Urban Girls, published in 1996, was one of the first volumes to showcase the lives of girls growing up in contexts of urban poverty and sometimes racism and violence. It spoke directly to young women who, often for the first time, were seeing their own stories and those of their friends explained in the materials they were asked to read. The volume has helped to shape the way in which we study girls and understand their development over the past decade.
Urban Girls Revisited explores the diversity of urban adolescent girls' development and the sources of support and resilience that help them to build the foundations of strength that they need as they enter adulthood. Urban girls are frequently marginalized by poverty, ethnic discrimination, and stereotypes suggesting that they have deficits compared to their peers. In fact, urban girls do often“grow up fast,” taking on multiple adult roles and responsibilities in contexts of high levels of adversities. Yet a majority of these girls show remarkable strengths in the face of challenges, and their families and communities provide many assets to support their development. This new volume showcases these strengths.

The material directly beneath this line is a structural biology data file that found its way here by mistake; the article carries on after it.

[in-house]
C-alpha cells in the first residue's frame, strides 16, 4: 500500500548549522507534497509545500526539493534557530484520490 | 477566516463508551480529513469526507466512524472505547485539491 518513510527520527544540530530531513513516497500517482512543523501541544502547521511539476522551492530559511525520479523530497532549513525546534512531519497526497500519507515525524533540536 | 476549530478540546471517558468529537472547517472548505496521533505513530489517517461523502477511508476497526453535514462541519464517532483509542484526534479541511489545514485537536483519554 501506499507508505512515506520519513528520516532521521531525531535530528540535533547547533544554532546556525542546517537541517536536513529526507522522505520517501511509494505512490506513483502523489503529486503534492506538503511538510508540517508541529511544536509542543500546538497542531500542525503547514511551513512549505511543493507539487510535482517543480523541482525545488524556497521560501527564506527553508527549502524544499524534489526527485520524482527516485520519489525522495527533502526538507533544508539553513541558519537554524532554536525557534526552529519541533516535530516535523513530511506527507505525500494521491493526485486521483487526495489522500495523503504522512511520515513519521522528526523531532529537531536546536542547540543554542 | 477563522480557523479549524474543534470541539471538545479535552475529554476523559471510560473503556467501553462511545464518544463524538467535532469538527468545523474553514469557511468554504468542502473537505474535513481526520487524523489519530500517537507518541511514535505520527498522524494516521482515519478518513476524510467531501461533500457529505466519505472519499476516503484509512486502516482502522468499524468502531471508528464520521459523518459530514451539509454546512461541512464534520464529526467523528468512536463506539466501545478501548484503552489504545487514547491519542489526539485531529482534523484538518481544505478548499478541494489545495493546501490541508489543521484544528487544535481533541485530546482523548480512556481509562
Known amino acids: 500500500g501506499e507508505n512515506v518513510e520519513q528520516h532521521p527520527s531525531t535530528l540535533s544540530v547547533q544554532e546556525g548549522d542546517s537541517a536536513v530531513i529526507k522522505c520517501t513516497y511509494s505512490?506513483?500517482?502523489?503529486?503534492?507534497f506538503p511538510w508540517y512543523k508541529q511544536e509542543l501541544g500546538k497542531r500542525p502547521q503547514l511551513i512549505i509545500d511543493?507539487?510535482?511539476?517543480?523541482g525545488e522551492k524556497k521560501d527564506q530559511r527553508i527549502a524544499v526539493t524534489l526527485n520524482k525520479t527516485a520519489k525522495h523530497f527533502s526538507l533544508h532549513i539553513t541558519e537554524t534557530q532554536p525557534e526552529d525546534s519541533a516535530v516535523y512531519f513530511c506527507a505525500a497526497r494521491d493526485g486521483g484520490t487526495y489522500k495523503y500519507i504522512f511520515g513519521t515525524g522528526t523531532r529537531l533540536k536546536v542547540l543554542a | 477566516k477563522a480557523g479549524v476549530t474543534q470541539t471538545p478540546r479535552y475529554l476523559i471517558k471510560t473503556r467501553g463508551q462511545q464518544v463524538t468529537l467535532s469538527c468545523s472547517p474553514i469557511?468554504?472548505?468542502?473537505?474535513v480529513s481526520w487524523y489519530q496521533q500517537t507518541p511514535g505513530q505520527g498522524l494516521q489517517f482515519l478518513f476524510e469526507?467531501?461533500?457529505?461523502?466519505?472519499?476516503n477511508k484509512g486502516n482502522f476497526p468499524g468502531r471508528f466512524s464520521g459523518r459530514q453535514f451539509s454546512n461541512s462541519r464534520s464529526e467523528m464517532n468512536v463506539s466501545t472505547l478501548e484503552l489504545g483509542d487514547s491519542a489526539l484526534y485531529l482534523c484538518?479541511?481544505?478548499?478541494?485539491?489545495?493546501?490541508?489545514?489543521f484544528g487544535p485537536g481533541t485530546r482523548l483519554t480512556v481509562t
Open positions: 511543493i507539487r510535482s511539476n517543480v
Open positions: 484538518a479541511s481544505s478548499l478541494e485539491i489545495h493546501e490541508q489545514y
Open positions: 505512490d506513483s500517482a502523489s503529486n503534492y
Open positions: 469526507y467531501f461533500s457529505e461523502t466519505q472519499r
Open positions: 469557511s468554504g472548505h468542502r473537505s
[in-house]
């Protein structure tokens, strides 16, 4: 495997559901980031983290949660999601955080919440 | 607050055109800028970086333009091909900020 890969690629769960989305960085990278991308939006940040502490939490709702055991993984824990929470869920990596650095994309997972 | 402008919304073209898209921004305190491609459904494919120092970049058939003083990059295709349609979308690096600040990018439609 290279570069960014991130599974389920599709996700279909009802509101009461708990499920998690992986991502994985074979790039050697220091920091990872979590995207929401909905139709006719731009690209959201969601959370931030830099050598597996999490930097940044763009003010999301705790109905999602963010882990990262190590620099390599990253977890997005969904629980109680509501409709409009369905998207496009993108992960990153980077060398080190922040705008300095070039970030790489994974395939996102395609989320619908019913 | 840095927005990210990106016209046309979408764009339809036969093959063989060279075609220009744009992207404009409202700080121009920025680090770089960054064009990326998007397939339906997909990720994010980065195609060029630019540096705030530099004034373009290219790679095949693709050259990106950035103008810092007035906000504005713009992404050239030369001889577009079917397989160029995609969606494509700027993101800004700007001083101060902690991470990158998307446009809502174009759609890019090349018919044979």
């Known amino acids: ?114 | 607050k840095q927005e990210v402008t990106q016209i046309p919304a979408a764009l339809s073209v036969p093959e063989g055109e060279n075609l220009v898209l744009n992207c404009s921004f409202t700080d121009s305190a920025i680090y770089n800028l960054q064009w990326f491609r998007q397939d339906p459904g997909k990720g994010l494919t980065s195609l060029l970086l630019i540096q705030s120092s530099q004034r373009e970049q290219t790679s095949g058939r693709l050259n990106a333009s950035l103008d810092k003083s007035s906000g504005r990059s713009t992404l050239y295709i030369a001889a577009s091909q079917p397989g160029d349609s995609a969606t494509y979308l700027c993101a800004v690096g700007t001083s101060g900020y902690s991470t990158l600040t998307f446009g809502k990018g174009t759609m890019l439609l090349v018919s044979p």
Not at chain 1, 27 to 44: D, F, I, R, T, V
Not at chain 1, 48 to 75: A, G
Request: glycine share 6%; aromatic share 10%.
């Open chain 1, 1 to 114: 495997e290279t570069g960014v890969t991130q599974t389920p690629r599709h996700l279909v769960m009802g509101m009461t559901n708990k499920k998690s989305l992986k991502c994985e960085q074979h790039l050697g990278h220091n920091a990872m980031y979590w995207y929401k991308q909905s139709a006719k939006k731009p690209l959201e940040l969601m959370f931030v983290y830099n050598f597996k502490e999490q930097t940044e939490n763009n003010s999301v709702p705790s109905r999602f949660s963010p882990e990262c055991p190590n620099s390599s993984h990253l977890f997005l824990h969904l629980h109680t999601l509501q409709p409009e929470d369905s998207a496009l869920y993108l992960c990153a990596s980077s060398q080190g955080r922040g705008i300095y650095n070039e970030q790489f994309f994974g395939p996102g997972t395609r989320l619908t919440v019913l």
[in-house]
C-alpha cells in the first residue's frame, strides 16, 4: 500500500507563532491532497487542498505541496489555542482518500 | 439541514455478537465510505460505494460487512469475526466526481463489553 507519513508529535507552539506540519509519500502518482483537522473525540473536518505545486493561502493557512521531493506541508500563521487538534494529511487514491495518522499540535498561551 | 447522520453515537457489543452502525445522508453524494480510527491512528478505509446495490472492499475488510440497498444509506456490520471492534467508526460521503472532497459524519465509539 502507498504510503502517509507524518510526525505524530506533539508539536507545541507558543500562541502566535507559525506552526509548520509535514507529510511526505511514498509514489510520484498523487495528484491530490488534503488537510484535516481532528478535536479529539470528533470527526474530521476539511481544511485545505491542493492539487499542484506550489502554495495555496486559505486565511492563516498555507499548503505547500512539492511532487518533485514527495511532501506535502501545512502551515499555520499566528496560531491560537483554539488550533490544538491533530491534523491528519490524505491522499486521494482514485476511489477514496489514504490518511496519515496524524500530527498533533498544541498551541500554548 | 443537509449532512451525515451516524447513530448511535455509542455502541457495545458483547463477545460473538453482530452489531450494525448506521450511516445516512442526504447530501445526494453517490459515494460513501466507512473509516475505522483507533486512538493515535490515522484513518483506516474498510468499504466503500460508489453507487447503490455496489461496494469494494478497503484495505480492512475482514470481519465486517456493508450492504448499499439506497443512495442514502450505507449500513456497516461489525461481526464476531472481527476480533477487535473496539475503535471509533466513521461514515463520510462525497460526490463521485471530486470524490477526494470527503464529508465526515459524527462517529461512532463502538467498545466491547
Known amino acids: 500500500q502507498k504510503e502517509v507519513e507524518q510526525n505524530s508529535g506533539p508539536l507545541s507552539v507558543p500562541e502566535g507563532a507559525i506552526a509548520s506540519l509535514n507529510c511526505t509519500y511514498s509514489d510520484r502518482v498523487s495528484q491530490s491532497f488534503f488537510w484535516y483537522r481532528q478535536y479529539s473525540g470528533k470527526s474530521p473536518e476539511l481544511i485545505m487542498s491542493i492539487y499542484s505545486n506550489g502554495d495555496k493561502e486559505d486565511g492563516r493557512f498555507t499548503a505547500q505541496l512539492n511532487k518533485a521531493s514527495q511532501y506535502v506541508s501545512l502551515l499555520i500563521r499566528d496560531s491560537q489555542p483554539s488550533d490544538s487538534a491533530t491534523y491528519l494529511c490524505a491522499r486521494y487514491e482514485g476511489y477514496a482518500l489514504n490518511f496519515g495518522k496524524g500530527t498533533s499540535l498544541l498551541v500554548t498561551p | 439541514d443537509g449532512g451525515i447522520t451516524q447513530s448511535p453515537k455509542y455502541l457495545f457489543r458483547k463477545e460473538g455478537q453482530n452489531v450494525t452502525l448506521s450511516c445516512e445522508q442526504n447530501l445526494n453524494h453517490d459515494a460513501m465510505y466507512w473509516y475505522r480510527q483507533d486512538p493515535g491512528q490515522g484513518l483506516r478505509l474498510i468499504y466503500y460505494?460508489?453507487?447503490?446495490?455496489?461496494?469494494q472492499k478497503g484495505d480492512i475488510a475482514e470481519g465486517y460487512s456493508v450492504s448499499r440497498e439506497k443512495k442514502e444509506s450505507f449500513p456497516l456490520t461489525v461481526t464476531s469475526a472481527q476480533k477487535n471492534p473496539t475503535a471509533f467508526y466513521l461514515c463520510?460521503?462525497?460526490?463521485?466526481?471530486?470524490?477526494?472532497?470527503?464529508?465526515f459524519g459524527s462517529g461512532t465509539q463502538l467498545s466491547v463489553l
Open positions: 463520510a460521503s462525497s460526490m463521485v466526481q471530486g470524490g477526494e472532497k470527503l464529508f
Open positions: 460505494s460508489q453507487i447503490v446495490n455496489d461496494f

Contributors:Amy Alberts, Natasha Alexander, Murray Anderson, Elizabeth Banister, Cecilia Benoit, Kristen Boelcke-Stennes, Ana Mari Cauce, Elise D. Christiansen, Brianna Coffino, Catherine L. Costigan, Karin Coyle, Anita Davis, Jill Denner, Sumru Erkut, Kenyaatta Etchison, Michelle Fine, Yulika Forman, Emily Genao, Mikael Jansson, Chalene Lechuga, Stacey J. Lee, Richard M. Lerner, Nancy Lopez, Ann S. Masten, Jennifer McCormick, Jennifer Pastor, Erin Phelps, Leslie Prescott, Jean E. Rhodes, Ritch C. Savin-Williams, Anne Shaffer, Renee Spencer, Pamela R. Smith, Carl S. Taylor, Jill McLean Taylor, Virgil A. Taylor, Maria Elena Torre, Allison J. Tracy, Carmen N. Veloria, Martina C. Verba, and Janie Victoria Ward.